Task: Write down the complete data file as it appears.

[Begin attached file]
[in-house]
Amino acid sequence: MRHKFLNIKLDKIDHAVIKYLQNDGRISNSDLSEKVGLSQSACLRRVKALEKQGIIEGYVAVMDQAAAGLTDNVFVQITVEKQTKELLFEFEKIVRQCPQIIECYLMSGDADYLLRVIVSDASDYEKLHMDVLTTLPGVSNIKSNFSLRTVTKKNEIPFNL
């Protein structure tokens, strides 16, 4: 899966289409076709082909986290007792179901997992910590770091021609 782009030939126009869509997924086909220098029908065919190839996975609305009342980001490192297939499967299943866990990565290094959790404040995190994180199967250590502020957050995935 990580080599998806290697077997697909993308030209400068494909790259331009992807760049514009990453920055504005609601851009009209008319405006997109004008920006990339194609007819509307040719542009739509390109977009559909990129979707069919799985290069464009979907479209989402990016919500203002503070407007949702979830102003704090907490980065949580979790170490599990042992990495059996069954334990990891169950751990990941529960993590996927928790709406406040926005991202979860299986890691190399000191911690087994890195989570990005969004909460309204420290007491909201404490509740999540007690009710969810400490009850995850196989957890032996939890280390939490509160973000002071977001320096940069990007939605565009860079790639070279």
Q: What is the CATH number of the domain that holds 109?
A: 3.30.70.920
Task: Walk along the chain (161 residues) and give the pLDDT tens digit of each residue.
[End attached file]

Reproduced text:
[in-house]
Amino acid sequence: MRHKFLNIKLDKIDHAVIKYLQNDGRISNSDLSEKVGLSQSACLRRVKALEKQGIIEGYVAVMDQAAAGLTDNVFVQITVEKQTKELLFEFEKIVRQCPQIIECYLMSGDADYLLRVIVSDASDYEKLHMDVLTTLPGVSNIKSNFSLRTVTKKNEIPFNL
């Protein structure tokens, strides 16, 4: 899966289409076709082909986290007792179901997992910590770091021609 782009030939126009869509997924086909220098029908065919190839996975609305009342980001490192297939499967299943866990990565290094959790404040995190994180199967250590502020957050995935 990580080599998806290697077997697909993308030209400068494909790259331009992807760049514009990453920055504005609601851009009209008319405006997109004008920006990339194609007819509307040719542009739509390109977009559909990129979707069919799985290069464009979907479209989402990016919500203002503070407007949702979830102003704090907490980065949580979790170490599990042992990495059996069954334990990891169950751990990941529960993590996927928790709406406040926005991202979860299986890691190399000191911690087994890195989570990005969004909460309204420290007491909201404490509740999540007690009710969810400490009850995850196989957890032996939890280390939490509160973000002071977001320096940069990007939605565009860079790639070279």
Q: What is the CATH number of the domain that holds 109?
A: 3.30.70.920
Task: Walk along the chain (161 residues) and give the pLDDT tens digit of each residue.